Materialism (in which atheism is rooted) is impossible to rectify with modern science

But, unbeknownst to our culture, modern science (with the help of atom smashers) has shown the atom to be far from irreducible, and left materialism behind in the dust a long time ago. Regarding materialism, Werner Heisenberg, the physicist who won the Nobel Prize for creating quantum mechanics, wrote:

“[This] frame was so narrow and rigid that it was difficult to find a place in it for many concepts of our language that had always belonged to its very substance, for instance, the concept of mind, of the human soul or of life. Mind could be introduced into the general picture only as a kind of mirror of the material world.”

As Heisenberg alludes to above, many of the revelations of modern science are impossible to rectify with the materialist worldview. Quantum theory describes the motion of objects at the atomic and subatomic level. One of several quantum phenomena which confound materialism is the phenomenon known as  nonlocality. According to nonlocality, it is impossible to isolate an unobserved quantum object, such as an electron, into a bounded region of space. Science writer George Musser discusses nonlocality in an article for Scientific American:

In everyday speech, “locality” is a slightly pretentious word for a neighborhood, town or other place. But its original meaning, dating to the 17th century, is about the very concept of “place.” It means that everything has a place. You can always point to an object and say, “Here it is.” If you can’t, that thing must not really exist. If your teacher asks where your homework is, and you say it isn’t anywhere, you have some explaining to do.

The world we experience possesses all the qualities of locality. We have a strong sense of place and of the relations among places. We feel the pain of separation from those we love and the impotence of being too far away from something we want to affect. And yet multiple branches of physics now suggest that, at a deeper level, there may be no such thing as place and no such thing as distance. Physics experiments can bind the fate of two particles together so that they behave like a pair of magic coins. If you flip them, each will land on heads or tails—but always on the same side as its partner. They act in a coordinated way even though no force passes through the space between them. Those particles might zip off to opposite sides of the universe, and still they act in unison. The particles violate locality—they transcend space.

The impossibility of rectifying the materialist worldview with nonlocality is easy to recognize: How can one suggest that nothing exists except for material things when the entire concept of location or place is an illusion? As Musser notes above, if you cannot point to an object and say “here it is,” then in what sense can that object be said to exist as a material thing? But subatomic particles do not really have a location, as nonlocality illustrates.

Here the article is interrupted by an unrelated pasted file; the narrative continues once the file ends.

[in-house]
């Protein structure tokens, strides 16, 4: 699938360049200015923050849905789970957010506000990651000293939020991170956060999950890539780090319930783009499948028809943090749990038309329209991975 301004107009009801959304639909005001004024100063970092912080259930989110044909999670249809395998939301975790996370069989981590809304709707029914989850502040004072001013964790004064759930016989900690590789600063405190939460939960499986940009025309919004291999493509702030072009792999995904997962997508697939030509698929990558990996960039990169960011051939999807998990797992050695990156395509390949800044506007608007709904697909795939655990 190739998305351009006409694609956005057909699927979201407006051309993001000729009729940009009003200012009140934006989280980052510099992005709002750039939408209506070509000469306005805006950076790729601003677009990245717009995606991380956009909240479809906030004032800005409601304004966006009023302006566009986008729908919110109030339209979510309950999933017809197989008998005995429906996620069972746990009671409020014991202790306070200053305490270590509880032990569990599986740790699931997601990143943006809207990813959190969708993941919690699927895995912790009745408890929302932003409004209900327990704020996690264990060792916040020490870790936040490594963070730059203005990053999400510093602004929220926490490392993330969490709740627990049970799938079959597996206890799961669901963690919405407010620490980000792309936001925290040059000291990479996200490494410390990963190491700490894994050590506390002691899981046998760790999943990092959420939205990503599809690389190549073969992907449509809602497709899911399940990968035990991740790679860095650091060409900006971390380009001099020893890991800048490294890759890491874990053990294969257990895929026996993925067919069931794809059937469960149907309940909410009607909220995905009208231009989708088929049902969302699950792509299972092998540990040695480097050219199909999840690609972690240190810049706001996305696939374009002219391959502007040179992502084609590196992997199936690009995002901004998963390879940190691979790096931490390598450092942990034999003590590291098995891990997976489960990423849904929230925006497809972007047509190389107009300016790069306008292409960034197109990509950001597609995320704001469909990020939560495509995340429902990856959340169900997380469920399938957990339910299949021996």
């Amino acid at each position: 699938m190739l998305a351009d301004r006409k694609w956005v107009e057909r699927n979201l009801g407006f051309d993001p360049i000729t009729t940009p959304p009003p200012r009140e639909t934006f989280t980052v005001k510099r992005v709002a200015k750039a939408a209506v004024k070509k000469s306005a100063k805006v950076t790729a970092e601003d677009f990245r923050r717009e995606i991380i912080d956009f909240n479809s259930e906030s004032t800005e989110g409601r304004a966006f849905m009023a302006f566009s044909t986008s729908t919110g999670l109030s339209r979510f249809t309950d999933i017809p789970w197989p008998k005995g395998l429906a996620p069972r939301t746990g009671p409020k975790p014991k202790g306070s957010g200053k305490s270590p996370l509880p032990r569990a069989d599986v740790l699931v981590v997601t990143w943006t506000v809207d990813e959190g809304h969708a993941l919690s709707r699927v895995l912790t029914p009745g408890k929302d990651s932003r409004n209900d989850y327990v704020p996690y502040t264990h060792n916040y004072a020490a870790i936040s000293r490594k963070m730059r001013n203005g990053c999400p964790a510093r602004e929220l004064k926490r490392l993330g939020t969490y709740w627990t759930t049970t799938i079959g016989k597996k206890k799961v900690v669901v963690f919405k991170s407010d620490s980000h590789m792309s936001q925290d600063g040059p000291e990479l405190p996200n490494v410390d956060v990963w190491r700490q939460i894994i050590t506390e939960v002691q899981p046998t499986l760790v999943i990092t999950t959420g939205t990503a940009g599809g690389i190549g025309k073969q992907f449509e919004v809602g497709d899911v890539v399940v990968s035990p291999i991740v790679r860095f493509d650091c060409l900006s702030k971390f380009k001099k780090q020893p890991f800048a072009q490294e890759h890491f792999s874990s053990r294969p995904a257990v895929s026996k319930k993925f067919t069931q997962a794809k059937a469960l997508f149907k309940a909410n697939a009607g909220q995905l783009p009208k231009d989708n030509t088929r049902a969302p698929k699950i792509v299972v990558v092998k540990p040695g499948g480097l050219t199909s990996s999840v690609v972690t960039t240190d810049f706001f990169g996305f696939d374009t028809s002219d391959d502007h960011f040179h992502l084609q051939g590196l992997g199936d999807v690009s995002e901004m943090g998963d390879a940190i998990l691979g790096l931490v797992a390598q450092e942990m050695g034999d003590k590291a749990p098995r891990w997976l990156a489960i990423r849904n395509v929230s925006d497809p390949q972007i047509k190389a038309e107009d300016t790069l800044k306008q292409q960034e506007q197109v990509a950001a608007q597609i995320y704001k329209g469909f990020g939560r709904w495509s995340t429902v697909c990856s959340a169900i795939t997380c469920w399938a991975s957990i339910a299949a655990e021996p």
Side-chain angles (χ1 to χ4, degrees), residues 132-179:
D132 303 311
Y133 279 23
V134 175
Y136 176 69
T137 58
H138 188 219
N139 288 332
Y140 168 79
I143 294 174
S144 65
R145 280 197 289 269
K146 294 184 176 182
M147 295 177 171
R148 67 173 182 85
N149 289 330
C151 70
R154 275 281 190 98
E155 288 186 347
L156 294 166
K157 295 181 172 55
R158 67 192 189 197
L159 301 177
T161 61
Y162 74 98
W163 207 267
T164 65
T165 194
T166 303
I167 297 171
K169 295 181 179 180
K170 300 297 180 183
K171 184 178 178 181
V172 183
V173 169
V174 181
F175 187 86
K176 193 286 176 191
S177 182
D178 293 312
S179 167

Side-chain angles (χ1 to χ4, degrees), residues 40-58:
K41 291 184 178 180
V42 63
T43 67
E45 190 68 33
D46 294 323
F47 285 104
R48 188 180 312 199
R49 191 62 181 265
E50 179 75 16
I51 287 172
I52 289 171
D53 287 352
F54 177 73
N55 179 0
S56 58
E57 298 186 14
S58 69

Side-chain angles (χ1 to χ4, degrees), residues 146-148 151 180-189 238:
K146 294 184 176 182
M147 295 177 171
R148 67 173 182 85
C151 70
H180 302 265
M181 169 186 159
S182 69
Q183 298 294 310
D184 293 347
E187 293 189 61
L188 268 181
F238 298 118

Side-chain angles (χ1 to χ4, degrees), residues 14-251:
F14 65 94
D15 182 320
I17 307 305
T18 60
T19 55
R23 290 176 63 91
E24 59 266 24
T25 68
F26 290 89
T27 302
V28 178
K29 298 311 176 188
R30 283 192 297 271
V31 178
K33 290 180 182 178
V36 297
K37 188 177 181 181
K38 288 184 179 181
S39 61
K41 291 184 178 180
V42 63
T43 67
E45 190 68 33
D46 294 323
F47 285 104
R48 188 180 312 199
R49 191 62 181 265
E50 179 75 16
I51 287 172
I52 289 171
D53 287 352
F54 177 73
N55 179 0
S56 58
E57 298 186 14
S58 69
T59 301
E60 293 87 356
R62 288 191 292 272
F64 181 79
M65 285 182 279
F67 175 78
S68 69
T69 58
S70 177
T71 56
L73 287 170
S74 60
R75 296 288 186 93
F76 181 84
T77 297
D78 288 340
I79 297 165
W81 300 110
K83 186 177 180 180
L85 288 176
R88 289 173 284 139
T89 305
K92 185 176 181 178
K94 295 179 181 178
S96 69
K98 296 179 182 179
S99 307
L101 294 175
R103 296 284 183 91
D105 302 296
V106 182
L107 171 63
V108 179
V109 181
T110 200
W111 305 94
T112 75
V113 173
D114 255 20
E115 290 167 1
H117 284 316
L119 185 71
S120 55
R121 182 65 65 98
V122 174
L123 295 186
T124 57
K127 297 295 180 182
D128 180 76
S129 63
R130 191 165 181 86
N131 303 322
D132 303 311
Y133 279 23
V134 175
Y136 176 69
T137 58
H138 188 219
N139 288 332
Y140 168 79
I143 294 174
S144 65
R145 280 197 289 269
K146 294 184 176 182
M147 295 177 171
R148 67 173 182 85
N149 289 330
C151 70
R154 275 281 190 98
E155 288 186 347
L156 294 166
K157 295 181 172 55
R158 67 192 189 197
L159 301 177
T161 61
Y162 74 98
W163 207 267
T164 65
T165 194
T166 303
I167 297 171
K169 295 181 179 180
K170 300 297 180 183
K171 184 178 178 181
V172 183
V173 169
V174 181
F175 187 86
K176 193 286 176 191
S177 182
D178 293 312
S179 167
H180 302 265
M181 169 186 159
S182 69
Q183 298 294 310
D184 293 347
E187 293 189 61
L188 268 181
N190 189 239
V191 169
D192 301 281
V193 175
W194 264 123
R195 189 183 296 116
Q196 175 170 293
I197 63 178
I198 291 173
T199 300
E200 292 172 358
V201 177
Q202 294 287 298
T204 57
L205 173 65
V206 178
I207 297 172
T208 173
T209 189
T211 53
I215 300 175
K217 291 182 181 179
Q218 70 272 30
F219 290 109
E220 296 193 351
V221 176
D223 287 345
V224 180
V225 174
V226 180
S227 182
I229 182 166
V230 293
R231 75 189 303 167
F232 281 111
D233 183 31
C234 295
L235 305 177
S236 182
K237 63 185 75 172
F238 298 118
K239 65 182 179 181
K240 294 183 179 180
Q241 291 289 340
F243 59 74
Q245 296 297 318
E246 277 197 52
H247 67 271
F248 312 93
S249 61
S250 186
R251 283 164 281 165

God is the ground of all being, not matter 

Atheists argue in favor of what physicist Amit Goswami terms the upward causation model, in which elementary particles make atoms, which make molecules, which make living cells, which make the brain, which produces consciousness. According to the upward causation model, then, everything begins with elementary particles, and winds up with consciousness (in human brains), as the result of mindless and random processes working over millions of years. This is the matter-first view known as materialism which declares matter to be the prime reality, or the something-from-which-everything-else-comes. But, as Goswami points out in Creative Evolution, downward causation (in which a conscious mind comes first) is the actual state of affairs, despite being an utterly alien concept to modern western culture. Yale University biophysicist Harold J. Morowitz reflects Goswami’s inverted concept of reality (downward causation) in his article Rediscovering the Mind:

Something peculiar has been going on in science for the past 100 years or so. Many researchers are unaware of it, and others won’t admit it even to their own colleagues. What has happened is that biologists, who once postulated a privileged role for the human mind in nature’s hierarchy, have been moving relentlessly toward the hard-core materialism that characterized nineteenth-century physics. At the same time, physicists, faced with compelling experimental evidence, have been moving away from strictly mechanical models of the universe to a view that sees the mind as playing an integral role in all physical events. It is as if the two disciplines were on fast-moving trains, going in opposite directions and not noticing what is happening across the tracks.”